Samoca camera list

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Samoca camera list

Early Samoca models page
Late Samoca models page

Sanei Sangyo made Samoca cameras, projectors and light meters in Japan in the post-war years. The company operated between 1952 and introduced the last model in 1963. In this short time, the company had presented an impressive array of cameras, many more than the typical camera makers of that era. As I stated numerous times in my previous posts, such as here, about 500 camera makers, primarily small-scale enterprises, offered their wares to the G.I. contingent there. Most had a few models, sometimes sold under different banners, and almost all manufacturers have vanished within a short decade.

There is little information available about the Sanei Sangyo company other than listings of the models line up.

Samoca had 22 models under its name. Some were marked < EP>, solely sold in the GI shops there, some probably sold in the local market, and some made their way to the U.S. The easiest way to define which was which is the markings on the focusing dial, metric or imperial. Two models were rebranded by Sears, the Tower 57 and 57A, and one by Hanimex, the A35. I would take it as a badge of honour for Samoca, as Sears had tapped on reliable names such as Mamiya, Olympus, Pentax, and Nicca, oddly together with lesser German brands. In the early 1980s, Halina sold several cheap models under the Samoca name, as they did with the Ansco name in the U.S.

The Samoca camera can be grouped into three categories: the very-early, the modified-early, and the late.

The very-early models include the elusive Samoca 35, and the II, III, and IV. Quirky, tiny, and odd-looking viewfinder cameras. Basic features but sufficient specifications for the undemanding user. Coking is via a plunger that preceded the Vitessa for several years. The last in this group, the Samoca 35V, marked as = 35 =, had done away with the plunger and was restyled with a Gothic arch at the front. This style will feature in most of the following Samoca 35 models.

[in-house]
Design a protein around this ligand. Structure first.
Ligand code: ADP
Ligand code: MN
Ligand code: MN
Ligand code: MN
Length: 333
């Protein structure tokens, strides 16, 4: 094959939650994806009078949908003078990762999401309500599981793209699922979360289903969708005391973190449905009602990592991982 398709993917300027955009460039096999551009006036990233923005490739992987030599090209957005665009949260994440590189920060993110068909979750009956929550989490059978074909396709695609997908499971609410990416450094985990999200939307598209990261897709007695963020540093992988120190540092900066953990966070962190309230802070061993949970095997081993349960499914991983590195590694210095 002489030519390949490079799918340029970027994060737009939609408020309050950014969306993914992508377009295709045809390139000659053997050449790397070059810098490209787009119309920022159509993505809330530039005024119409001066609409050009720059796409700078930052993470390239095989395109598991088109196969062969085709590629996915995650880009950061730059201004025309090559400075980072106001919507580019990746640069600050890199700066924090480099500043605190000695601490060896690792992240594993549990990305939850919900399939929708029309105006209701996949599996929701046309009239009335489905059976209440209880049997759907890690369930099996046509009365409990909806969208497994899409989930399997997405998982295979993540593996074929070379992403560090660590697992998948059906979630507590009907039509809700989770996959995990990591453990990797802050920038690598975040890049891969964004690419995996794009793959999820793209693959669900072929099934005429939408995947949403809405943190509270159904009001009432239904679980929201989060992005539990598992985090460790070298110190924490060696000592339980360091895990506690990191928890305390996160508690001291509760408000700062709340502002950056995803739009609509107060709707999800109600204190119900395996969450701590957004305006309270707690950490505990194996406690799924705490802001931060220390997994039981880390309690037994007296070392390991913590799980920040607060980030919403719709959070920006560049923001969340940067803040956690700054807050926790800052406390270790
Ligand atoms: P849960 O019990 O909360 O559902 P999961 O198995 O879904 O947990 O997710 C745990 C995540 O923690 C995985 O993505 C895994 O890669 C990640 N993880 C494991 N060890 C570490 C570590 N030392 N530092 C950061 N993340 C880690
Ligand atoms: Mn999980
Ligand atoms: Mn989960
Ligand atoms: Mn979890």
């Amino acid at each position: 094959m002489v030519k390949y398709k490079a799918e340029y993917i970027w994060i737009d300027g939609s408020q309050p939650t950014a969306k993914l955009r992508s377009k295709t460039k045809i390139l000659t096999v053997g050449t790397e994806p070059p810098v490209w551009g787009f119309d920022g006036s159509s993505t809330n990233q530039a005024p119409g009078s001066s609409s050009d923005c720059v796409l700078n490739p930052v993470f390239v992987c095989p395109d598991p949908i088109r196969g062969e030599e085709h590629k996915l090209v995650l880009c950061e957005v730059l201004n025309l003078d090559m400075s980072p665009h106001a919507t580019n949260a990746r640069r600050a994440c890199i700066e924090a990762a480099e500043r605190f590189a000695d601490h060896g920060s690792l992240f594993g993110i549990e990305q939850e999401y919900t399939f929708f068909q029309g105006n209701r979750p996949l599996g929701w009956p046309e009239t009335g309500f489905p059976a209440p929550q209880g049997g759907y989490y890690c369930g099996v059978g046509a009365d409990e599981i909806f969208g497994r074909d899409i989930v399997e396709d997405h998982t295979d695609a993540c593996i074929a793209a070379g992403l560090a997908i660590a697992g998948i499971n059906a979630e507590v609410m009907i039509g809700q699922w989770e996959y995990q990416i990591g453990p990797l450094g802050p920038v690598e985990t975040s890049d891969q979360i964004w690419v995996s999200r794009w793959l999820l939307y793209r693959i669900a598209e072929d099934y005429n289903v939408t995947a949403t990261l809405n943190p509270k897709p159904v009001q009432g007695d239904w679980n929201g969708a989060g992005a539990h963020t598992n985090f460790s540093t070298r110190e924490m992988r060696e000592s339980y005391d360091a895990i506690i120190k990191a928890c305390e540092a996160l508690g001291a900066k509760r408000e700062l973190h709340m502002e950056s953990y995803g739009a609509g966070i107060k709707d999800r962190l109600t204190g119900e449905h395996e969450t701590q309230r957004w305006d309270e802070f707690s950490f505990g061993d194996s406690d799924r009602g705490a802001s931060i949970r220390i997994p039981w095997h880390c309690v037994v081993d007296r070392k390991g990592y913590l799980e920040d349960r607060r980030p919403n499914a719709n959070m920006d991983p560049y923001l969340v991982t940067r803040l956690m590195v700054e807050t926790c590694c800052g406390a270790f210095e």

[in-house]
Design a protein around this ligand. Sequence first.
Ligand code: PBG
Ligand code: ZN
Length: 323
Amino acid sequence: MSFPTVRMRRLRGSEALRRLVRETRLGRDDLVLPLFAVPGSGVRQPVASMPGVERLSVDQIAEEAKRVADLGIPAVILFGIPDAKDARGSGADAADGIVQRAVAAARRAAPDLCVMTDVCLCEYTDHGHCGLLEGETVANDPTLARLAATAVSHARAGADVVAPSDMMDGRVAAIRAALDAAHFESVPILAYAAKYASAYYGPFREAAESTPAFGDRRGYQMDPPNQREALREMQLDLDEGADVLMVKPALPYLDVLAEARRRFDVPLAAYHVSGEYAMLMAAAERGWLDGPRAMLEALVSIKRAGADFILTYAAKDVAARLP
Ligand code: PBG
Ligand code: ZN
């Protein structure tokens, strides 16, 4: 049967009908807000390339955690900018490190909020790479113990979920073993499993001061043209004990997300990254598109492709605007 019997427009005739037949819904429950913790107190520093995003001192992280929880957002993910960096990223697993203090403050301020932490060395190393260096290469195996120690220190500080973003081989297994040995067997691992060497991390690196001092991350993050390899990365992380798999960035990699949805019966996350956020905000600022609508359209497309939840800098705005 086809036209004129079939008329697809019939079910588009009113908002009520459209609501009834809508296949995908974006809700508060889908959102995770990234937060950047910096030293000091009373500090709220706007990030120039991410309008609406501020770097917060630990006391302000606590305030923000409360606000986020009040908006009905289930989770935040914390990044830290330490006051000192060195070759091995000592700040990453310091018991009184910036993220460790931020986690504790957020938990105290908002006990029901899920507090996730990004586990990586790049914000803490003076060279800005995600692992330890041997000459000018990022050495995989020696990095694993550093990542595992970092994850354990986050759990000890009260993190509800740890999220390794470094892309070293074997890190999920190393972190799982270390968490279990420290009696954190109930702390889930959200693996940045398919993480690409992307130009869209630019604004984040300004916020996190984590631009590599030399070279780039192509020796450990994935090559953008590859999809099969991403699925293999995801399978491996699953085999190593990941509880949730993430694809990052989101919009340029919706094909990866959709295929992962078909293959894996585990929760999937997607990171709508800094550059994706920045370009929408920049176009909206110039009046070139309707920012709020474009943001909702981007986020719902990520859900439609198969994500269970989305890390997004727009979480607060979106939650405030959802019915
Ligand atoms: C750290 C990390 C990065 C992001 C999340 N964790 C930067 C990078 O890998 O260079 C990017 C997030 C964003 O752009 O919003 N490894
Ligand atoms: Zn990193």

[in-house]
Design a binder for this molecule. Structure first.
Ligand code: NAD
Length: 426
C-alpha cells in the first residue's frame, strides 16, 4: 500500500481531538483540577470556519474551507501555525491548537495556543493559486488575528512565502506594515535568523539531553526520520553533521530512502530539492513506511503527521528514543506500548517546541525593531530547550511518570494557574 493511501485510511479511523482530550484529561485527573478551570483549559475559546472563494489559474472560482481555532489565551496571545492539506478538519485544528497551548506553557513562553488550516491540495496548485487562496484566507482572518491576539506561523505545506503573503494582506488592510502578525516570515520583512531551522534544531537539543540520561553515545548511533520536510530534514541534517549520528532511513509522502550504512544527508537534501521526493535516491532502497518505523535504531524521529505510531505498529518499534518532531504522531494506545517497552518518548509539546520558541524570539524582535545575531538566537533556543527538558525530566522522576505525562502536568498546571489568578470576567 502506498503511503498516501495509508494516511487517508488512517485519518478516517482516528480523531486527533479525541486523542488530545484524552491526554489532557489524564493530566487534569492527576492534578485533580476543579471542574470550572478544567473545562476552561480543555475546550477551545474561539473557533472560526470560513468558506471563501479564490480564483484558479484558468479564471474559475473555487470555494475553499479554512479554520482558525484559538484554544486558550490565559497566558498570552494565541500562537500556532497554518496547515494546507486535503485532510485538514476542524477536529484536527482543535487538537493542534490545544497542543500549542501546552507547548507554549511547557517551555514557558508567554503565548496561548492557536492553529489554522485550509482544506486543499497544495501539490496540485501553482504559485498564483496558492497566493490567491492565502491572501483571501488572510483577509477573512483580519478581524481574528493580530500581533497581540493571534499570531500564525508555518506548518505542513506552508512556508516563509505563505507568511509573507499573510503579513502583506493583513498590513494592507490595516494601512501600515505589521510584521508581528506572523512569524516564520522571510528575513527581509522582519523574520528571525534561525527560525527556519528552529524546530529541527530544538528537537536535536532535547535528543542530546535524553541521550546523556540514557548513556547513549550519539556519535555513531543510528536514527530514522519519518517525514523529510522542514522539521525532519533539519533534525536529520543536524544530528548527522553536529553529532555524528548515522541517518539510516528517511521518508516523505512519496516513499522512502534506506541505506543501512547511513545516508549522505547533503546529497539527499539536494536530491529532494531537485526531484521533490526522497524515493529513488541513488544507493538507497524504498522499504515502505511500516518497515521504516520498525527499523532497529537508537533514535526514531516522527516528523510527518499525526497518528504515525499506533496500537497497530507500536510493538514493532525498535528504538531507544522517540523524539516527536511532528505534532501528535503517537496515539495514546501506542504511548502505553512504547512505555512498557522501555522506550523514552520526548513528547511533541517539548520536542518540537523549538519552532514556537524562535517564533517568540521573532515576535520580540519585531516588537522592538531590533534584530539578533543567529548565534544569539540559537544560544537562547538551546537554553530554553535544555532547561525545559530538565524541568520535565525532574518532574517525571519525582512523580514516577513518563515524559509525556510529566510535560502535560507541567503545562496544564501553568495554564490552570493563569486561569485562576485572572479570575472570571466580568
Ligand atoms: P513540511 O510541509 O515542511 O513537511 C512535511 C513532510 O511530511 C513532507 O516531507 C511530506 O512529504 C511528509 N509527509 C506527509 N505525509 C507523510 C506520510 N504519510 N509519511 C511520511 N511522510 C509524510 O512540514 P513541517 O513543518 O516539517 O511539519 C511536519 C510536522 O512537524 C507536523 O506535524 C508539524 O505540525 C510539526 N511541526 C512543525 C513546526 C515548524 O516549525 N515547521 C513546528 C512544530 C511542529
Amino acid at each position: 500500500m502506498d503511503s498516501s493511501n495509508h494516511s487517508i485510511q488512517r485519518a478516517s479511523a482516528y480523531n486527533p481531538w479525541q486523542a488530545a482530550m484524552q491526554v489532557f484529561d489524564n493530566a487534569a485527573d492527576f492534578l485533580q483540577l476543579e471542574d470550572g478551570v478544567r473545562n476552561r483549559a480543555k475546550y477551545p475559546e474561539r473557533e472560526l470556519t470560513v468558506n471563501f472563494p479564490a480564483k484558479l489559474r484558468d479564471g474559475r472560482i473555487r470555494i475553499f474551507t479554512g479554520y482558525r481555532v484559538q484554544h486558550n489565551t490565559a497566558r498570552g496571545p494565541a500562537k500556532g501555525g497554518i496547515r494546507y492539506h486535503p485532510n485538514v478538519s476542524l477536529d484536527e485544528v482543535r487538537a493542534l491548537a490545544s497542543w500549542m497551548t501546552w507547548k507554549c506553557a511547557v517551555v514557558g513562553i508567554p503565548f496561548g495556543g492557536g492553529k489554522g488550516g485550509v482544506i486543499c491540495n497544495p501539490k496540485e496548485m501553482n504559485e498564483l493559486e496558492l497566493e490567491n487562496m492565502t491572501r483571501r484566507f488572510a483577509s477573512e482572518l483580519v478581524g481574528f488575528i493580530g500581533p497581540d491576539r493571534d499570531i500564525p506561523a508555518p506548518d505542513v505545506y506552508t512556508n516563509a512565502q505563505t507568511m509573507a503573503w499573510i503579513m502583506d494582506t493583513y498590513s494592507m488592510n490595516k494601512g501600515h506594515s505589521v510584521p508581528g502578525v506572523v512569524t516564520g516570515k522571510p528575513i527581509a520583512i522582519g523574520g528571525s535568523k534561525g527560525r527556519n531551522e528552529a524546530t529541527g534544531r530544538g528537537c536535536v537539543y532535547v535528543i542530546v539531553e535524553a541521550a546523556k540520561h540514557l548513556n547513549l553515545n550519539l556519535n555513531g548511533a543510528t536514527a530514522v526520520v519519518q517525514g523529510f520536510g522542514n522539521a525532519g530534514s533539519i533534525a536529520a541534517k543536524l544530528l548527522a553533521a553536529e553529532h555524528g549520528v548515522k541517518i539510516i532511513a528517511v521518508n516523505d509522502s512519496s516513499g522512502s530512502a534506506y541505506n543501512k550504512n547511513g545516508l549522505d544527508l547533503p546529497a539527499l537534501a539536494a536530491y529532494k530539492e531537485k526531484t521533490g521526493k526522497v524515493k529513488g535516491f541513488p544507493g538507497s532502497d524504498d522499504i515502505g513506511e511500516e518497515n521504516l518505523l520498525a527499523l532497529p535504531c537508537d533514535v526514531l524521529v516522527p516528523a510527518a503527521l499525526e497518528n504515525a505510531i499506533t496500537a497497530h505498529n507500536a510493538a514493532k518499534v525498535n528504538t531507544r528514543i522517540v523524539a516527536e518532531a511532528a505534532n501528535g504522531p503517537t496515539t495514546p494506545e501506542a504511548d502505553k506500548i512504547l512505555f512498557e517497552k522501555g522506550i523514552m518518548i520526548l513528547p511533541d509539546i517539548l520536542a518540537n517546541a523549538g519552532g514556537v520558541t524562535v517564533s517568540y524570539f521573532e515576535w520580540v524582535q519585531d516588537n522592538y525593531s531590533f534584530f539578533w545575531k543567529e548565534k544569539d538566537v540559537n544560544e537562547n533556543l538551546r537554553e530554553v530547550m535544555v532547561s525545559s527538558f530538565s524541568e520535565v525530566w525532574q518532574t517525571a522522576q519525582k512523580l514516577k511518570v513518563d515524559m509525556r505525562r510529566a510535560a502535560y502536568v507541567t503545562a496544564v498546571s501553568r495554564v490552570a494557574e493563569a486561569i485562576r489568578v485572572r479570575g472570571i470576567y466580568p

Trailing behind the early model group came the 1956 Samoca 35EM, still a viewfinder, which had added a light meter in place of the arch.

The modified-early group began with the Samoca 35 Super of the same year, the first rangefinder. The following year, a similar model with a meter was named Samoca Super X. This came in two lens flavours, the Super X 2.8 and Super X 3.5.

The two other models in this group are the Samocaflex I and II, 35mm TLR cameras. Both were identical other than the shutters, Seikosha Rapid and Seikosha MX, respectively. The Samocaflex resembles the Swiss-made Bolsey C or the Tougodo Hobix S III. Tougodo had several other 35mm TLR models, but they were side to side, such as the Meikai.

A seemingly transitional model, the Samoca 35J had a streamlined body and a square lens board. One passed by on eBay in 2022.

The late models group included traditional, vanilla-styled cameras made from 1958 to 1963. Seven rangefinders and two viewfinders, with or without uncoupled meters. The cameras are finely designed and well-made, and my units are clean and nicely preserved. However, nothing here stands out from the other cameras of that generation, which probably contributed to the company’s demise.

The early groups’ cameras are collectibles. The late models are often offered for sale, but there are hardly any takers. This is reflected in their value; see the links in the table below. The sought-after models are the Samocaflex, some fetching over $1,000 in the major auction houses. The 1980s point-and-shoot and viewfinders made by Halina are worthless.


28E Elite 1957Rangefinder
35 Super X 2.8 1957Rangefinder
35 1952Viewfinder
35 II 1952Viewfinder
35 III 1955Viewfinder
35 IV 1955Viewfinder
35 J 1958Viewfinder
35 LE 1958Rangefinder
35 LE II 1963Rangefinder
35 M-28 1958Rangefinder
35 M-35 1958Rangefinder
35 Super 1956Rangefinder
35 V 1955Viewfinder
35 EM 1956Rangefinder
35 Super X 3.5 1957Rangefinder
35 LD 1961Rangefinder
EE-2.8 1962Viewfinder
EE-3.5 1962Viewfinder
MR 1961Rangefinder
Samocaflex 35 1955TLR
Samocaflex 35 II 1957TLR

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